-contributed by Steve Dahl, M.Ed
In recent years there has been a quiet movement of compassion-driven educators, social workers, administrators, counselors – and students themselves – who have sought out better methods of “doing school” that work for all learners. Perhaps you’ve heard of “trauma-informed” schools, or the “ACE Study”? Perhaps you’ve even heard about CE Credits Online’s course, Creating Compassionate Schools, which features the strategies used in Washington State and Massachusetts.
If not, chances are that you will as many other states work to improve learning conditions for all learners, including those impacted by childhood or adolescent trauma.
To learn more, read about what is working as described in the following article from New York Times contributor, David Bornstein.
Schools That Separate the Child
From the Trauma
November 13, 2013 11:45 amNovember 13, 2013 11:45 am145Comments
Fixes looks at solutions to social problems and why they work.
Recently, I reported on the damaging effects that prolonged stress can have on young children who lack adequate protection from adults. Over the past 15 years, researchers have learned that highly stressful — and potentially traumatic — childhood experiences are more prevalent than previously understood. Now scientists are shedding light on the mechanisms by which they change the brain and body. These insights have far-reaching implications for schools, where it’s still standard practice to punish children for misbehavior that they often do not know how to control. This is comparable to punishing a child for having a seizure; it adds to the suffering and makes matters worse.
What good are the best teachers or schools if the most vulnerable kids feel so unsafe that they are unavailable to learn?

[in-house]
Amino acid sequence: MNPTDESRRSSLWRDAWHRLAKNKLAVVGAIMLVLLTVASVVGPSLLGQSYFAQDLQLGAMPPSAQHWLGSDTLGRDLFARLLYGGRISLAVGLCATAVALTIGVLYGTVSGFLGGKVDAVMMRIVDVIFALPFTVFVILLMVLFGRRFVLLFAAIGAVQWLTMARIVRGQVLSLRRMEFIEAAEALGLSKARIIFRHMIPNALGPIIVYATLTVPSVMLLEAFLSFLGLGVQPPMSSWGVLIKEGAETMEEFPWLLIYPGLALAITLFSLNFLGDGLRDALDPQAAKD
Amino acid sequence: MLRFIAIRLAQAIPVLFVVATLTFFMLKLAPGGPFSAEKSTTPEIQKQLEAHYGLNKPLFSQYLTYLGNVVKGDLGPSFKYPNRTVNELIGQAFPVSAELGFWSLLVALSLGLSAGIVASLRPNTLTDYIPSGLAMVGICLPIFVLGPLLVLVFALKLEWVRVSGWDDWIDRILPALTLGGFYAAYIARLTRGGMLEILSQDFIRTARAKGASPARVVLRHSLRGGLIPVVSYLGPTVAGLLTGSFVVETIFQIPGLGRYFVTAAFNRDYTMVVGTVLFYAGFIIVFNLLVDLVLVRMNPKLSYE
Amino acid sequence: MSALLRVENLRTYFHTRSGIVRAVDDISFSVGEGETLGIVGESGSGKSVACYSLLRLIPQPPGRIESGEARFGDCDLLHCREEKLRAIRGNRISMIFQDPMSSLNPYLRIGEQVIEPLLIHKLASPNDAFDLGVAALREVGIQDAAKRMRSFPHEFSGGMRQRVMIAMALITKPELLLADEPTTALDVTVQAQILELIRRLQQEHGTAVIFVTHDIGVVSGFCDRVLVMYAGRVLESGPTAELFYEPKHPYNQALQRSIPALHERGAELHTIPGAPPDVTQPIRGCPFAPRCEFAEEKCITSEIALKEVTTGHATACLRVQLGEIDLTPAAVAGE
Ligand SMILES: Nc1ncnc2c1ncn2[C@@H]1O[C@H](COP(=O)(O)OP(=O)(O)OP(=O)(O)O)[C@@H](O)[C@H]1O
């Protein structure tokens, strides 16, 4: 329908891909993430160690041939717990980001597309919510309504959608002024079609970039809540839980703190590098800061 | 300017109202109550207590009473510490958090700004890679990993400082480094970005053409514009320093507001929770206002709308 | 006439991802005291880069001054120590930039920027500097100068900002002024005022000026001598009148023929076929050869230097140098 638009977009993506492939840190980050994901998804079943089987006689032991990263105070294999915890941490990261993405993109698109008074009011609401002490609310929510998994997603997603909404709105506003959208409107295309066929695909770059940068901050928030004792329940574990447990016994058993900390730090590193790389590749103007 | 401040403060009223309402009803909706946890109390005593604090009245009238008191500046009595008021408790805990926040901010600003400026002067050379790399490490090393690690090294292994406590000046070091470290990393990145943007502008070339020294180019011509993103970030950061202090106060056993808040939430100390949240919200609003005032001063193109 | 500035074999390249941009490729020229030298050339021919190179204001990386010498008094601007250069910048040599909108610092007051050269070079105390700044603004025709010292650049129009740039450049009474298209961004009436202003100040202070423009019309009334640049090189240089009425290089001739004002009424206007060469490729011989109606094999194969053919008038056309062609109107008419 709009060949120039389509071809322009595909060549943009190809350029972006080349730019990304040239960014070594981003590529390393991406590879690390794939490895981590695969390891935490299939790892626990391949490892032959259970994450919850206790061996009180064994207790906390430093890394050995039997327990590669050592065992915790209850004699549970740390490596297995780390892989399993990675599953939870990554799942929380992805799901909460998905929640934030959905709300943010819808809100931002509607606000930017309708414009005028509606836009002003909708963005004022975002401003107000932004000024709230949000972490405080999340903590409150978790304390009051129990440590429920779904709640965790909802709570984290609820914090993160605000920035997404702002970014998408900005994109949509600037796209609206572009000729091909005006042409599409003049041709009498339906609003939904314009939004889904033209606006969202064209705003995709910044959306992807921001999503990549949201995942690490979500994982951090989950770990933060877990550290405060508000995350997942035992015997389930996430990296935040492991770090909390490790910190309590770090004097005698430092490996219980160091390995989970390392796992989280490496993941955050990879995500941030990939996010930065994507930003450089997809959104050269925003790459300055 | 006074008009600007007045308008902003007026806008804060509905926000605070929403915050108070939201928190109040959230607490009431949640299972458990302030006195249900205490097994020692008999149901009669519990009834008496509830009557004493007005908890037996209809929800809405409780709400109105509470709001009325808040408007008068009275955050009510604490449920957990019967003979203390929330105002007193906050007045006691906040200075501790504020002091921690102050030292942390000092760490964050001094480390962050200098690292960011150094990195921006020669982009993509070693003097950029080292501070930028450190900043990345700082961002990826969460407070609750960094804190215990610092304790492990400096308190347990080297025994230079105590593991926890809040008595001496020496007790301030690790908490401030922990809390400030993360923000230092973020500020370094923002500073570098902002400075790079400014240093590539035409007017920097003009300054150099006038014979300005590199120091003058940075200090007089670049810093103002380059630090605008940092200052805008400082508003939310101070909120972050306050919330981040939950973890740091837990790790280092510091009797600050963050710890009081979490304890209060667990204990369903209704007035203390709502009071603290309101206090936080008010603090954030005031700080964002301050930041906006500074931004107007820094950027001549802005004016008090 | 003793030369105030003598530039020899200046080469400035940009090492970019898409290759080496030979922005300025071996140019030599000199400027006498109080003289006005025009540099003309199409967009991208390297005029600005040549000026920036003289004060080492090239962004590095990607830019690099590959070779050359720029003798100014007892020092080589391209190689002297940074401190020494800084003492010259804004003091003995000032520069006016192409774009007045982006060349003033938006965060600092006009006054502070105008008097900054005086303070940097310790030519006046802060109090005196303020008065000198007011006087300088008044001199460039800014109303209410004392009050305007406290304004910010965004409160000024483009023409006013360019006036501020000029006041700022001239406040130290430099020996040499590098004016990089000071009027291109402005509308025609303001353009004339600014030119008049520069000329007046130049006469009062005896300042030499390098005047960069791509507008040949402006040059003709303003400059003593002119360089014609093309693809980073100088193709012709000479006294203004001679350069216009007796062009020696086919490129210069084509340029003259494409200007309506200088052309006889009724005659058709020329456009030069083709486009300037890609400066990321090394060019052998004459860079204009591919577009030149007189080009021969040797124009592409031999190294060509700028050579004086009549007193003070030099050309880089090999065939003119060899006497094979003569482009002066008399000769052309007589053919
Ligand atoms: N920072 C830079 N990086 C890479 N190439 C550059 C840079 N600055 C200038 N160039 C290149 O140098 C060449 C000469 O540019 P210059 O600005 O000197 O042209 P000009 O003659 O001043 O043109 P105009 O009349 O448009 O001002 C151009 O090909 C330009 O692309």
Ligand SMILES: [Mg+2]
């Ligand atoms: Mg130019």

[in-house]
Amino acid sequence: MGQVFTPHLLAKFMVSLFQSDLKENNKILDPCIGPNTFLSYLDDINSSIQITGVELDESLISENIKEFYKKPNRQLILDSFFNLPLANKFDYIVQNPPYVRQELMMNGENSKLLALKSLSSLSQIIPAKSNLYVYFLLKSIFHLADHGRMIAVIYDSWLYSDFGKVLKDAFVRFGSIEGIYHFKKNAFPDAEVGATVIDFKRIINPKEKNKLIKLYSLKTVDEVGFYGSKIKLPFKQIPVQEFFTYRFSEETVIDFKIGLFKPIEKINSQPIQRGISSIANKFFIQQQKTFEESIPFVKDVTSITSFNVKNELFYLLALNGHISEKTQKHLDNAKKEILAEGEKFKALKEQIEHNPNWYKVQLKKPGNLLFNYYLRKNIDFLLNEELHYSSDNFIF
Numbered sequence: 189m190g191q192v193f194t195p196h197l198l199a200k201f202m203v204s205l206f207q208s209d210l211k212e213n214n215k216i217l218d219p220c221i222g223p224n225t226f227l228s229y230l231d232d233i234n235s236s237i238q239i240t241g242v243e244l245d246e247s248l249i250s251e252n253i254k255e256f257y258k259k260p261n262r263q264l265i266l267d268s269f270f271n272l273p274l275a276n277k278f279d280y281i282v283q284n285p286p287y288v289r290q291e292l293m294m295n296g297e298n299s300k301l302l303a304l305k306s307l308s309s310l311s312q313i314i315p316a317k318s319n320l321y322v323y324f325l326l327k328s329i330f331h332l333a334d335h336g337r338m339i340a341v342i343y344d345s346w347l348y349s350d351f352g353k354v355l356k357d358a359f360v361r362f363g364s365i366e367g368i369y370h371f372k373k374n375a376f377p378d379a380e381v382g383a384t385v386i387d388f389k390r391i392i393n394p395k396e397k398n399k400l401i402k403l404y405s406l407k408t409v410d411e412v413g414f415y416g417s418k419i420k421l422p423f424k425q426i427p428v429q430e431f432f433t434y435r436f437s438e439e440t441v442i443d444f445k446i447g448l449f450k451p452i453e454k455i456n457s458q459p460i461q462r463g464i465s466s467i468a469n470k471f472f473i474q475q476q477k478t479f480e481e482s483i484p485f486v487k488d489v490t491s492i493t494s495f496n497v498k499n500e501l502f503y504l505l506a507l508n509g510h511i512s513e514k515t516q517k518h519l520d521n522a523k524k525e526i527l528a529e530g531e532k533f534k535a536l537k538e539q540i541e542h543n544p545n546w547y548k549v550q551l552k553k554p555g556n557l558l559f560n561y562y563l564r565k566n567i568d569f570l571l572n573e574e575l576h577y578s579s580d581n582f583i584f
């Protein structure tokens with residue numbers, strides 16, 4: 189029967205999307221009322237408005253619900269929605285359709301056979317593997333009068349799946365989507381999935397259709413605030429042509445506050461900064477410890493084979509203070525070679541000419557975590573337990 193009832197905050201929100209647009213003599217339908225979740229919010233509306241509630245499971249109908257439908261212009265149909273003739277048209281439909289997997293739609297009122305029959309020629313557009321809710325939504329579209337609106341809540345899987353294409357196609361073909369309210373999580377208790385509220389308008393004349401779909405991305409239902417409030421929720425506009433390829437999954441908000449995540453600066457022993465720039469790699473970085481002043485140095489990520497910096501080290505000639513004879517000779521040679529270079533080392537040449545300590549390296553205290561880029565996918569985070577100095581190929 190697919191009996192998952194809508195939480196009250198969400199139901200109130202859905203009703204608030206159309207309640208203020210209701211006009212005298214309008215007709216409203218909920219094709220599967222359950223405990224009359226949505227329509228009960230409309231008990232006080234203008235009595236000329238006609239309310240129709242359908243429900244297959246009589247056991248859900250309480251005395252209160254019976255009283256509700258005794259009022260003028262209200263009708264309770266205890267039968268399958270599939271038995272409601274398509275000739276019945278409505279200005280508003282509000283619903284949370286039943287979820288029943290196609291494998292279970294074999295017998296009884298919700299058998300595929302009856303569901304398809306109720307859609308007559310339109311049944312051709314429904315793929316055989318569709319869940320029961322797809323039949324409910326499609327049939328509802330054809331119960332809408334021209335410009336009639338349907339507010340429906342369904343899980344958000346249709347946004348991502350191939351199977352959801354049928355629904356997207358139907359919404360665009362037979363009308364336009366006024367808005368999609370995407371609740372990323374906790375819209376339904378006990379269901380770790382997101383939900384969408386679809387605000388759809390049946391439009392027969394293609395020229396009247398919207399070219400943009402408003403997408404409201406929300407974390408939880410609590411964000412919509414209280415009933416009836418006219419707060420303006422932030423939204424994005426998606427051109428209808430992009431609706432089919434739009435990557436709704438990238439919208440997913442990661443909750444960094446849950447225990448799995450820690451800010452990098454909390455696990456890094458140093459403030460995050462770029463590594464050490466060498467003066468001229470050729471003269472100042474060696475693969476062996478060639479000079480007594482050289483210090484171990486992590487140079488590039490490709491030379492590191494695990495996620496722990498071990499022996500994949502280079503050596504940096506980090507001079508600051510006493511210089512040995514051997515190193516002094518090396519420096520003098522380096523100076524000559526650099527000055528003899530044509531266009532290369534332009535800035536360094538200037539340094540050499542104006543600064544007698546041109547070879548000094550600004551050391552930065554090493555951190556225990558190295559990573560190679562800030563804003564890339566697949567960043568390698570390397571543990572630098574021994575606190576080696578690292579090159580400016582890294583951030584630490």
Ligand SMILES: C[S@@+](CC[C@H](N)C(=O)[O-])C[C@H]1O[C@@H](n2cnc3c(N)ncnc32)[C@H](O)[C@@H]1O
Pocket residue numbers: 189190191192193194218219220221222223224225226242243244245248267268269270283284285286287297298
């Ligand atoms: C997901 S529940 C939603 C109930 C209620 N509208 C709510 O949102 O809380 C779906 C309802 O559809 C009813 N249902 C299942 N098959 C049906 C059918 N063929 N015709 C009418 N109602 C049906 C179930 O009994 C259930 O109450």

Thankfully, some places are getting smarter. “The hot spots in education are Massachusetts and Washington State,” explains Jane Stevens, a health and science journalist who edits ACES Too High, an excellent website containing a wealth of information about “adverse childhood experiences” (ACEs) and the effects of stress and trauma on children. “Educators understand that the behavior of children who act out is not willful or defiant, but is in fact a normal response to toxic stress. And the way to help children is to create an environment in which they feel safe and can build resilience.”
This is not a small issue in education. A great many students come to school with emotional and behavioral difficulties that pose serious barriers to their learning. In a study (pdf) of 2,100 elementary students in 10 schools in Spokane, Wash., for example, researchers from Washington State University found that more than 20 percent had two or more ACEs (experiences that include having been homeless, witnessing domestic violence or having a parent who uses drugs or is incarcerated). Compared with children with no known stresses, these kids are two to four times more likely to have problems with attendance, behavior, academics and health. As the number of ACEs increase, the students fare considerably worse on all counts.
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